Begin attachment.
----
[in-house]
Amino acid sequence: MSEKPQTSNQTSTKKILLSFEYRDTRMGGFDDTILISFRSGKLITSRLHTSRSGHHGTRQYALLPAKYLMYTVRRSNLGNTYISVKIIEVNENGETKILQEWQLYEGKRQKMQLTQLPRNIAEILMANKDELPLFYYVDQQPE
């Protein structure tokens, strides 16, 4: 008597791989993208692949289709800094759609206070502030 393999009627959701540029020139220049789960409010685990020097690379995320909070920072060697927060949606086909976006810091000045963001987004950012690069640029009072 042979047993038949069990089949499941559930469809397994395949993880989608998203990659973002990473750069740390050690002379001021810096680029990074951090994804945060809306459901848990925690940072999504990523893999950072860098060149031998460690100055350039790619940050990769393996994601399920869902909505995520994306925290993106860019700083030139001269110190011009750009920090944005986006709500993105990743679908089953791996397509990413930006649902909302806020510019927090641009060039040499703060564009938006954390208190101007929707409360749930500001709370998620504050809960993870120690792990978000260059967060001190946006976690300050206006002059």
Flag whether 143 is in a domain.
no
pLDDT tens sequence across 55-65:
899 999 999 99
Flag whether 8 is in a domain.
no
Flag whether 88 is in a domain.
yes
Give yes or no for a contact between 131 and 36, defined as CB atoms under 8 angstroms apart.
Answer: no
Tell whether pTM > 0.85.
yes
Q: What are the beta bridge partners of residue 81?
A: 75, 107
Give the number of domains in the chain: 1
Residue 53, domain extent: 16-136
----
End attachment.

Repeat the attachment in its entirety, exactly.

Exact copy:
[in-house]
Amino acid sequence: MSEKPQTSNQTSTKKILLSFEYRDTRMGGFDDTILISFRSGKLITSRLHTSRSGHHGTRQYALLPAKYLMYTVRRSNLGNTYISVKIIEVNENGETKILQEWQLYEGKRQKMQLTQLPRNIAEILMANKDELPLFYYVDQQPE
């Protein structure tokens, strides 16, 4: 008597791989993208692949289709800094759609206070502030 393999009627959701540029020139220049789960409010685990020097690379995320909070920072060697927060949606086909976006810091000045963001987004950012690069640029009072 042979047993038949069990089949499941559930469809397994395949993880989608998203990659973002990473750069740390050690002379001021810096680029990074951090994804945060809306459901848990925690940072999504990523893999950072860098060149031998460690100055350039790619940050990769393996994601399920869902909505995520994306925290993106860019700083030139001269110190011009750009920090944005986006709500993105990743679908089953791996397509990413930006649902909302806020510019927090641009060039040499703060564009938006954390208190101007929707409360749930500001709370998620504050809960993870120690792990978000260059967060001190946006976690300050206006002059």
Flag whether 143 is in a domain.
no
pLDDT tens sequence across 55-65:
899 999 999 99
Flag whether 8 is in a domain.
no
Flag whether 88 is in a domain.
yes
Give yes or no for a contact between 131 and 36, defined as CB atoms under 8 angstroms apart.
Answer: no
Tell whether pTM > 0.85.
yes
Q: What are the beta bridge partners of residue 81?
A: 75, 107
Give the number of domains in the chain: 1
Residue 53, domain extent: 16-136